Report Highlights PA’s Mounting Pension Debt, Grove Says
HARRISBURG – Pennsylvania has one of the highest unfunded pension liabilities in the nation, Rep. Seth Grove (R-Dover) said Thursday, citing a report released today by the American Legislative Exchange Council (ALEC).

Pennsylvania’s public pension plans are only 28.9 percent funded, the ninth worst funding ratio in the United States. The unfunded liability means Pennsylvania’s plans, which include municipal and state pensions, are underfunded by $211 billion. It would cost each man, woman and child living in Pennsylvania $16,527 to make up the difference, according to the report entitled “Unaccountable and Unaffordable 2016.”

“If you think the random clown sightings are scary, wait until you see this unfunded pension report,” Grove said. “The data laid out in this report is staggering and serves as a call for true pension reform to not only be discussed, but also be approved by the Legislature. Each day we do nothing, the greater the unfunded liability becomes.”

Pennsylvania isn’t alone in dealing with unfunded pension liabilities. States’ public pension plans across the nation are now underfunded by nearly $5.6 trillion, a $900 million increase from 2014, the last time ALEC published a pension report. The nationwide funding level is 35 percent. Across all states, the price tag for unfunded pension liabilities is $17,427 per capita.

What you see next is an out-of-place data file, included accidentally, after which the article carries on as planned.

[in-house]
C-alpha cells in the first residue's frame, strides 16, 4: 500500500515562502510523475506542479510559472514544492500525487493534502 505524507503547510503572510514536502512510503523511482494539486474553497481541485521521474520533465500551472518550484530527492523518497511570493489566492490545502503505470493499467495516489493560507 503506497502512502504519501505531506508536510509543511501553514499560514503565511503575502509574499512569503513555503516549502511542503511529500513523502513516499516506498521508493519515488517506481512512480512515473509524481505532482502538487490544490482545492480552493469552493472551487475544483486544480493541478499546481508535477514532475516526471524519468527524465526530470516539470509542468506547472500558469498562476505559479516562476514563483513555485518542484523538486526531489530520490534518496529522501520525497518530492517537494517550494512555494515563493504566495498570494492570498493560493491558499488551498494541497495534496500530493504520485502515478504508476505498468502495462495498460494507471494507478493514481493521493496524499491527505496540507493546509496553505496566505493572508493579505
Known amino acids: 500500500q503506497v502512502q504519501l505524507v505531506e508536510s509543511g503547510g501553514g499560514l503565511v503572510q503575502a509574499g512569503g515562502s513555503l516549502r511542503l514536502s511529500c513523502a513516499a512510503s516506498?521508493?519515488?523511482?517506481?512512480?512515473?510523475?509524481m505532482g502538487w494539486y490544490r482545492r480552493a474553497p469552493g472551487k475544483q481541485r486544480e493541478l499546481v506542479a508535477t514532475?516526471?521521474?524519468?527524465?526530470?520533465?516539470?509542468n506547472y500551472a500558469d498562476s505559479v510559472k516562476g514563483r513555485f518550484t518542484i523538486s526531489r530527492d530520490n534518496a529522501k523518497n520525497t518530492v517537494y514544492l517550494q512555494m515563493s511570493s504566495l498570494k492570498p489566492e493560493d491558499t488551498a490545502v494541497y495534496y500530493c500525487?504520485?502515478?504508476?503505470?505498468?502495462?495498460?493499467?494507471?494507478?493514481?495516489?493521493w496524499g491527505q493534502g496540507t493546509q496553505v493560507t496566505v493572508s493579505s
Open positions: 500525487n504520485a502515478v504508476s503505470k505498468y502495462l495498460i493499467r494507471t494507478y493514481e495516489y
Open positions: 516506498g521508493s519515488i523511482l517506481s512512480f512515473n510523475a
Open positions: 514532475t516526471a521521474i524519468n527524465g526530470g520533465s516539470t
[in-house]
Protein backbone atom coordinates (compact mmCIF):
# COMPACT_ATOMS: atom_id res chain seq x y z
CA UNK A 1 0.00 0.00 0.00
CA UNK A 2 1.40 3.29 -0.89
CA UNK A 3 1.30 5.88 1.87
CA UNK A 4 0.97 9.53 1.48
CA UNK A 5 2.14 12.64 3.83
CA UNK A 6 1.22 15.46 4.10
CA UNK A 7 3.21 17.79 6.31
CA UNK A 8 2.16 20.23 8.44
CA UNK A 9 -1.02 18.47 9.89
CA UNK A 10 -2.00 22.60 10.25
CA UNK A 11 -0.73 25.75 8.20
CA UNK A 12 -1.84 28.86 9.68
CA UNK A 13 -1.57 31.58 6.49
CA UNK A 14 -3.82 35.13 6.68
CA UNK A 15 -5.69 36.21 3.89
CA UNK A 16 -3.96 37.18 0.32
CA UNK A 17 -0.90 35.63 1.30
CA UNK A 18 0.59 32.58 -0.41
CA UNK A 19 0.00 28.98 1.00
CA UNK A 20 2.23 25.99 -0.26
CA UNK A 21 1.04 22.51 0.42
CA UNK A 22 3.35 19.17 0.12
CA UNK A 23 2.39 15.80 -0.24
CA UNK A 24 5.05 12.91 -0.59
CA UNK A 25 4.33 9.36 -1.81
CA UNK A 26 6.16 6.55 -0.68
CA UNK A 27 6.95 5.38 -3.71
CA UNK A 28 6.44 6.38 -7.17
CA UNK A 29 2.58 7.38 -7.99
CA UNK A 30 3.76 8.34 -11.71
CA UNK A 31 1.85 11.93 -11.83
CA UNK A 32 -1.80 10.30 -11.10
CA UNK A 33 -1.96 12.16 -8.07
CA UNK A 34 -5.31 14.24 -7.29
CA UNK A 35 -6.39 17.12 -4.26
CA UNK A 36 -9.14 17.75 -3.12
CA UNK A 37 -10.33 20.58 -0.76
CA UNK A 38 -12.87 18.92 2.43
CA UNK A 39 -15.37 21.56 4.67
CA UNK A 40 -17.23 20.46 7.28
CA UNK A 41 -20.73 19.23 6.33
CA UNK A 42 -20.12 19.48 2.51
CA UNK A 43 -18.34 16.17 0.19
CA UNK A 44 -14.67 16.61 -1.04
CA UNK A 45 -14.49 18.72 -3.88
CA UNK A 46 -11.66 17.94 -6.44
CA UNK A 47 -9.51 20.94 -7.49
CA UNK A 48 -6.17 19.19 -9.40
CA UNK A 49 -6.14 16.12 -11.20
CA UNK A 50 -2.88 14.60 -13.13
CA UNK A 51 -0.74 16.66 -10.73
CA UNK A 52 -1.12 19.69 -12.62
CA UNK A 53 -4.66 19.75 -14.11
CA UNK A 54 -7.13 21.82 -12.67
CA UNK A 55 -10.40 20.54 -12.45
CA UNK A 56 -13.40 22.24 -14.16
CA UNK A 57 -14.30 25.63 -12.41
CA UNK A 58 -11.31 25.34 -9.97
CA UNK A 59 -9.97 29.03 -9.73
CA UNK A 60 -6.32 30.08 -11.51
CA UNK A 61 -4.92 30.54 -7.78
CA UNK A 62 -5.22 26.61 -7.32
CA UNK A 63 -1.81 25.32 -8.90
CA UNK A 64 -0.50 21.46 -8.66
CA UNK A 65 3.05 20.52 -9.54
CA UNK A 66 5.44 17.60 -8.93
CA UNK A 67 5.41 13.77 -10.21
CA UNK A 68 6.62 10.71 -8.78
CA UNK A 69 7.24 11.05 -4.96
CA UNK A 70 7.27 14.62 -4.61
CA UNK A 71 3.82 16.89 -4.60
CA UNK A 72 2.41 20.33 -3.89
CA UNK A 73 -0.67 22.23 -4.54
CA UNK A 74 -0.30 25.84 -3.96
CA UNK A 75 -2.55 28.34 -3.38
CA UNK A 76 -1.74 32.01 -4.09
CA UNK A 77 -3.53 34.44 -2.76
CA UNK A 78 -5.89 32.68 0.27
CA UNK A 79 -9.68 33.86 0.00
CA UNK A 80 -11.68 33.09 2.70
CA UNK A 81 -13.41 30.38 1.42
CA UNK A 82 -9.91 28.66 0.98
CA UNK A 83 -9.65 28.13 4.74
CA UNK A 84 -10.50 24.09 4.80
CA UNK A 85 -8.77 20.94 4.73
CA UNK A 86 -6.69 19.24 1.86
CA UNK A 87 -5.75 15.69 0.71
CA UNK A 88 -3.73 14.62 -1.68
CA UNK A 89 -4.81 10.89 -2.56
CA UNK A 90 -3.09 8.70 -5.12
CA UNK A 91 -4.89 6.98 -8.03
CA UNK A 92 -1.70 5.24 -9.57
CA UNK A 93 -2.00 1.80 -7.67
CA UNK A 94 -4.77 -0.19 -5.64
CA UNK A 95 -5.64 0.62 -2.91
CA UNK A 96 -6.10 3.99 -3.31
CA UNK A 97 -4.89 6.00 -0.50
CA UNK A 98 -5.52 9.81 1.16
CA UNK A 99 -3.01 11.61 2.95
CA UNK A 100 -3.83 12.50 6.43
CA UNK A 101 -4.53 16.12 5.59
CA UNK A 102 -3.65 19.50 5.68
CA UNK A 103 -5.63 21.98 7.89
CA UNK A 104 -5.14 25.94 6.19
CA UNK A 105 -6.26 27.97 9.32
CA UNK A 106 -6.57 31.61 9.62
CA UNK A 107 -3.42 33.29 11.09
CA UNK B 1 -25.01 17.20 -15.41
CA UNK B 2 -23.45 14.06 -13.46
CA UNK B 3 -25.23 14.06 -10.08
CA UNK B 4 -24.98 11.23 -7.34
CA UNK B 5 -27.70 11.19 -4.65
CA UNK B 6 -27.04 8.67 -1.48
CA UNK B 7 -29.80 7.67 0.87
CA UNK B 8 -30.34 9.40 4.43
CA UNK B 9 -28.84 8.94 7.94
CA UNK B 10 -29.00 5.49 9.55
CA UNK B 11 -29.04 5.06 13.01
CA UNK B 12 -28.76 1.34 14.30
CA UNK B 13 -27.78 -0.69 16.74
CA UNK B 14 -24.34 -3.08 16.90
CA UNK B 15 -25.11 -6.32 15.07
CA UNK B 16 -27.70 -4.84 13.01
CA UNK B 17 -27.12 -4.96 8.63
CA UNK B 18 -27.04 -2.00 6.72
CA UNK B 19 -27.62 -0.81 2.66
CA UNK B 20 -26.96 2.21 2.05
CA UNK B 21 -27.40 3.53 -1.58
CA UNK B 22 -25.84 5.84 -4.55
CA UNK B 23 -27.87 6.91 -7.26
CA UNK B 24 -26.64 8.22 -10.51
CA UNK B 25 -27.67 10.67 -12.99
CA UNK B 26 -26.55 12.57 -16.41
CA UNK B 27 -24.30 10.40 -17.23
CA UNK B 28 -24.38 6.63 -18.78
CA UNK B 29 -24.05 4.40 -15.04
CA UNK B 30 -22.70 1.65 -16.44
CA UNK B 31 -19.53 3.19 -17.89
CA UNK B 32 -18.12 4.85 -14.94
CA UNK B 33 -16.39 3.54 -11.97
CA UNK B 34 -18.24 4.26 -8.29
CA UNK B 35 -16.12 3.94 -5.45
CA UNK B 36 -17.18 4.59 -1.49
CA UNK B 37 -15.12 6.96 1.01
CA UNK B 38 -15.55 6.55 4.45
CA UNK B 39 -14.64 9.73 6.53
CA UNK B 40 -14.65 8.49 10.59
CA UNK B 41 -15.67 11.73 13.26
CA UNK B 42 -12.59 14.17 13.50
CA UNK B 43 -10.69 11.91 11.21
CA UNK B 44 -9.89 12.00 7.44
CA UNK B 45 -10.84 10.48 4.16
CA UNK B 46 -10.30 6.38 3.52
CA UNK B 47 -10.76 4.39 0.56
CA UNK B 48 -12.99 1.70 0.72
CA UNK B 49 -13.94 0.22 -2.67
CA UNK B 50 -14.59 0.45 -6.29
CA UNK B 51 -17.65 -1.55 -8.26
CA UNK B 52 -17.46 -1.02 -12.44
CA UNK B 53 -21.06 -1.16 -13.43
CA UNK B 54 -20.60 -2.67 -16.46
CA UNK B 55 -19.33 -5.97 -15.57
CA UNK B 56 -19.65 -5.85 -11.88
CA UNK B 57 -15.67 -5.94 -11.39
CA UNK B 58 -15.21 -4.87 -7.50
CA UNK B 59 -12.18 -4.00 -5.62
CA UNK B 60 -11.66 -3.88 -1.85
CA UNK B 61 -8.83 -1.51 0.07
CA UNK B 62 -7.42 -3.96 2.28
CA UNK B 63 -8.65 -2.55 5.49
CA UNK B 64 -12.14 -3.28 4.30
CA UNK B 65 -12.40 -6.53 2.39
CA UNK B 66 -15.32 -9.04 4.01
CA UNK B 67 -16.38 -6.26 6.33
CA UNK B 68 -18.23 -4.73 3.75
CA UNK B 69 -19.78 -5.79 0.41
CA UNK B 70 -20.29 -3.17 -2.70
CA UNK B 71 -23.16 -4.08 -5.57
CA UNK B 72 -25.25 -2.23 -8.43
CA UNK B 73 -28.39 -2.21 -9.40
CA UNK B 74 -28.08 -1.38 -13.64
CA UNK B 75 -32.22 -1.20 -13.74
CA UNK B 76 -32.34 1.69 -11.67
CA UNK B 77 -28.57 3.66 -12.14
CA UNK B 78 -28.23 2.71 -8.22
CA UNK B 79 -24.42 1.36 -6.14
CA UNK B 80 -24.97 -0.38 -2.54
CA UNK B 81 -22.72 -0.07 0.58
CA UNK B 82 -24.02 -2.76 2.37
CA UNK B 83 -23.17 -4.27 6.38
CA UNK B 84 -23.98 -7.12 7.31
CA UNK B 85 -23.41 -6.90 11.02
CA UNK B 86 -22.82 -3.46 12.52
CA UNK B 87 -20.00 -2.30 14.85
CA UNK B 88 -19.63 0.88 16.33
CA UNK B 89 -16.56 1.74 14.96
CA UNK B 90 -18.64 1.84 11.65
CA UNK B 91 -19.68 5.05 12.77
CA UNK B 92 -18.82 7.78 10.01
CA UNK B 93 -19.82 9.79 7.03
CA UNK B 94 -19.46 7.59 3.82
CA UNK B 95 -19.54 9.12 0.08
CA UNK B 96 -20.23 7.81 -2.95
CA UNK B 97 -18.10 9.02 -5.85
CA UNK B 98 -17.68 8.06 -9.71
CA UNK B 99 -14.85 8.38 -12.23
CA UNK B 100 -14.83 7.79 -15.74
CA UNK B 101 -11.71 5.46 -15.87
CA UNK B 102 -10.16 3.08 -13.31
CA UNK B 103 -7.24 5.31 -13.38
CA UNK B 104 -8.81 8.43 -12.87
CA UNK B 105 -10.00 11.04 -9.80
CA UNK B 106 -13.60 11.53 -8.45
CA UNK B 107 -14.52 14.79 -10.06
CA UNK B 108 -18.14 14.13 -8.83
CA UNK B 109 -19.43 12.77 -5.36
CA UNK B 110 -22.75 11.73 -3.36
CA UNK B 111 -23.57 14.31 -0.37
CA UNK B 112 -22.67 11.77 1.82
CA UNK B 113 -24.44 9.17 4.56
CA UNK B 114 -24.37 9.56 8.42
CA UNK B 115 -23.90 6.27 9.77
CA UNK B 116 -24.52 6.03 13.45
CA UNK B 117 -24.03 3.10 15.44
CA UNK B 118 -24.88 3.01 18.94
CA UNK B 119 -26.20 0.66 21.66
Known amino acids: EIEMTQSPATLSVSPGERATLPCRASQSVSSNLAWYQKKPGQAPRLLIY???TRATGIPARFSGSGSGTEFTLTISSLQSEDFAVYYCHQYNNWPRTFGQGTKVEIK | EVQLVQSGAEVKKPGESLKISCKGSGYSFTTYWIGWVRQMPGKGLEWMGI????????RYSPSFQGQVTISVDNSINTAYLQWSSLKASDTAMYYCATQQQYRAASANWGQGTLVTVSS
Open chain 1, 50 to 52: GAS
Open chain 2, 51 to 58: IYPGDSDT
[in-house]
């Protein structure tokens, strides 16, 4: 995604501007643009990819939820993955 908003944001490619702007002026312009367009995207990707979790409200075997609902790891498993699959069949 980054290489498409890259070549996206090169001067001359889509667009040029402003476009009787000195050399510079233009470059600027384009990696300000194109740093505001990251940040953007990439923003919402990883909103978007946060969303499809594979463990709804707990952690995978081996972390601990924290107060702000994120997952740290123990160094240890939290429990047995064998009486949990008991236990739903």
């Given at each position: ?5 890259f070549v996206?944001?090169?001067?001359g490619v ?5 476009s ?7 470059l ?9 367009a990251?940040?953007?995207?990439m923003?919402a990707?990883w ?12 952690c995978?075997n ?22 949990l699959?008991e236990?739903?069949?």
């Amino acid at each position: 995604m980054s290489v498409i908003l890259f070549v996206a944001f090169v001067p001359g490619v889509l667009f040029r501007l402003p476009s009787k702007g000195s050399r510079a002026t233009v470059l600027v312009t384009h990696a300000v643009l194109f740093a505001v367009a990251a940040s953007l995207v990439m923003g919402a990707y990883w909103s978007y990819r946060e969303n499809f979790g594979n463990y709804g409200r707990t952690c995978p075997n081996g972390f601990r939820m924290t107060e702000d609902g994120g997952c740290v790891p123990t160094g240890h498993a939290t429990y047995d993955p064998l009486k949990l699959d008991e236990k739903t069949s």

“After so many years of kicking the can down the road, it should come as no surprise that Pennsylvania fares poorly in this year’s report,” said Jonathan Williams, vice president of the ALEC Center for State Fiscal Reform and co-author of the study. “The state’s funded ratio of just 28.9 percent is among the nation’s very worst. The unfunded liabilities represent a debt of $16,527 for every man, woman and child in Pennsylvania.”

The report considered three important metrics to gauge the severity of the pension problem across the 50 states: Unfunded pension liability per capita, the funded ratio and total unfunded pension liability. Unfunded pension liability per capita shows the personal share of liability for every resident in each state. The funded ratio represents how well a given state’s pension plans are funding their pension promises. Finally, the total unfunded pension liability reveals the fiscal strain on state budgets in raw dollar terms, the report states.

The true unfunded liability is often obscured by poor accounting methods. One accounting trick is the use of high discount rates, the assumed rate of future investment returns on fund assets, when pension liabilities are calculated. In addition to expecting unrealistic investment returns, many states and local governments fail to make their annually required contributions.

“Absent meaningful public pension reform, Pennsylvania’s budget is going under,” warned Bob Williams, a study co-author and senior fellow at State Budget Solutions, which is a project of the ALEC Center for State Fiscal Reform.

To read the full report and methodology, go to

Representative Seth Grove
196th District
Pennsylvania House of Representatives

Media Contact: Greg Gross
717.260.6374 /

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